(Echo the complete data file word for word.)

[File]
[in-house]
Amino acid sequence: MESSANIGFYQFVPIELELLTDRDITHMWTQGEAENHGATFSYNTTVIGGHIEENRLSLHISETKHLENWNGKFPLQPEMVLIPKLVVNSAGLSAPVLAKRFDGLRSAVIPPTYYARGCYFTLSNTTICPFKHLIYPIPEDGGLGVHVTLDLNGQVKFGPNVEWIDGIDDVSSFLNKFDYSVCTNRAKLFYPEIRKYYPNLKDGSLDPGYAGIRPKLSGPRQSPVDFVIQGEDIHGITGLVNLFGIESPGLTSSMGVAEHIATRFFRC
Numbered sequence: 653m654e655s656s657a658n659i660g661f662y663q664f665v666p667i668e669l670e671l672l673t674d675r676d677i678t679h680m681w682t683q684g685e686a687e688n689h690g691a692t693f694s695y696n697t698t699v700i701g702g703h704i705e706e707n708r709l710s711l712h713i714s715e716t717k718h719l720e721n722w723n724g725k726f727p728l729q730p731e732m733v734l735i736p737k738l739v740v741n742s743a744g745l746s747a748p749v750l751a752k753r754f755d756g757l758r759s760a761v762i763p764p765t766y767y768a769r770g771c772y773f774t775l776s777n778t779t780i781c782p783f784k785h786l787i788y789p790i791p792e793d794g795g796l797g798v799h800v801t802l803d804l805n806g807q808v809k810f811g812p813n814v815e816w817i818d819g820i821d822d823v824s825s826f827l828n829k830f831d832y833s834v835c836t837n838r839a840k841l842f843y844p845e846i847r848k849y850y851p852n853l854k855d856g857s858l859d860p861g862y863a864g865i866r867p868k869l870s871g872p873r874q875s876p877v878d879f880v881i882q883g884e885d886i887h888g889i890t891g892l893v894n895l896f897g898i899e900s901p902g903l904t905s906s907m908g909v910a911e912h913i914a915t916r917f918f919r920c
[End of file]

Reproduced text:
[in-house]
Amino acid sequence: MESSANIGFYQFVPIELELLTDRDITHMWTQGEAENHGATFSYNTTVIGGHIEENRLSLHISETKHLENWNGKFPLQPEMVLIPKLVVNSAGLSAPVLAKRFDGLRSAVIPPTYYARGCYFTLSNTTICPFKHLIYPIPEDGGLGVHVTLDLNGQVKFGPNVEWIDGIDDVSSFLNKFDYSVCTNRAKLFYPEIRKYYPNLKDGSLDPGYAGIRPKLSGPRQSPVDFVIQGEDIHGITGLVNLFGIESPGLTSSMGVAEHIATRFFRC
Numbered sequence: 653m654e655s656s657a658n659i660g661f662y663q664f665v666p667i668e669l670e671l672l673t674d675r676d677i678t679h680m681w682t683q684g685e686a687e688n689h690g691a692t693f694s695y696n697t698t699v700i701g702g703h704i705e706e707n708r709l710s711l712h713i714s715e716t717k718h719l720e721n722w723n724g725k726f727p728l729q730p731e732m733v734l735i736p737k738l739v740v741n742s743a744g745l746s747a748p749v750l751a752k753r754f755d756g757l758r759s760a761v762i763p764p765t766y767y768a769r770g771c772y773f774t775l776s777n778t779t780i781c782p783f784k785h786l787i788y789p790i791p792e793d794g795g796l797g798v799h800v801t802l803d804l805n806g807q808v809k810f811g812p813n814v815e816w817i818d819g820i821d822d823v824s825s826f827l828n829k830f831d832y833s834v835c836t837n838r839a840k841l842f843y844p845e846i847r848k849y850y851p852n853l854k855d856g857s858l859d860p861g862y863a864g865i866r867p868k869l870s871g872p873r874q875s876p877v878d879f880v881i882q883g884e885d886i887h888g889i890t891g892l893v894n895l896f897g898i899e900s901p902g903l904t905s906s907m908g909v910a911e912h913i914a915t916r917f918f919r920c